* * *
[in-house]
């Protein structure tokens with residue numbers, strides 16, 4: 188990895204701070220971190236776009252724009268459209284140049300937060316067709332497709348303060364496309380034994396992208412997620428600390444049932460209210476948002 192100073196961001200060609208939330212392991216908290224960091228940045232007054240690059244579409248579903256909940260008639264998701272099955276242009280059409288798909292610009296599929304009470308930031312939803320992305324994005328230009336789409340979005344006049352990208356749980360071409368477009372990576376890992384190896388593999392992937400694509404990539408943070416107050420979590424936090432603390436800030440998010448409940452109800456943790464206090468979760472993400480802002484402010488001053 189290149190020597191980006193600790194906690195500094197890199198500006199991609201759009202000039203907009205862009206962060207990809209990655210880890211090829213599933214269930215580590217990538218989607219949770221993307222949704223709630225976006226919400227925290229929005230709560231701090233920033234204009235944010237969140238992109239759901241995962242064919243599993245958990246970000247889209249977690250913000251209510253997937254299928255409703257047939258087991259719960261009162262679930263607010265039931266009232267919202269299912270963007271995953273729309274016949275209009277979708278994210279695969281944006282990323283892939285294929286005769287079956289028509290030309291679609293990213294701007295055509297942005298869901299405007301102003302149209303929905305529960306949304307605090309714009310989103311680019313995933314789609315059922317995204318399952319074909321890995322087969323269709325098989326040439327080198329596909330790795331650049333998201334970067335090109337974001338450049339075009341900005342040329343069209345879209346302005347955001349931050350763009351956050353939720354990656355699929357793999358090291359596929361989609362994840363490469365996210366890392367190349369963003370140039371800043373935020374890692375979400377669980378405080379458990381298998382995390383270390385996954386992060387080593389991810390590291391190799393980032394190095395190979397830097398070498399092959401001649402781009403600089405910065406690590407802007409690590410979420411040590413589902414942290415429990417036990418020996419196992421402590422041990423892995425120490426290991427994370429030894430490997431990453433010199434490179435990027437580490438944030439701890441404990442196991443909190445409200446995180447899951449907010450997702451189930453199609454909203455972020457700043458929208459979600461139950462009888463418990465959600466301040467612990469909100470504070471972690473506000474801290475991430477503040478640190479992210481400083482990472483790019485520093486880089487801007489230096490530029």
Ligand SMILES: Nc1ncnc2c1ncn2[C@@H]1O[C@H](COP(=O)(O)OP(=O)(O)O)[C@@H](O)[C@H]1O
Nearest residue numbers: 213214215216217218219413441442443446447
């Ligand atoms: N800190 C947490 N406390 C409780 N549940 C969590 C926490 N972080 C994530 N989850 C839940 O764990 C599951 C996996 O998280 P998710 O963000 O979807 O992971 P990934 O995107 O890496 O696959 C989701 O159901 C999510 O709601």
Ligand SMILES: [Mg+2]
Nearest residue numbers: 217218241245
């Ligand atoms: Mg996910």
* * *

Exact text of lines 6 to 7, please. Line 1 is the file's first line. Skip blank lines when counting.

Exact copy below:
Ligand SMILES: [Mg+2]
Nearest residue numbers: 217218241245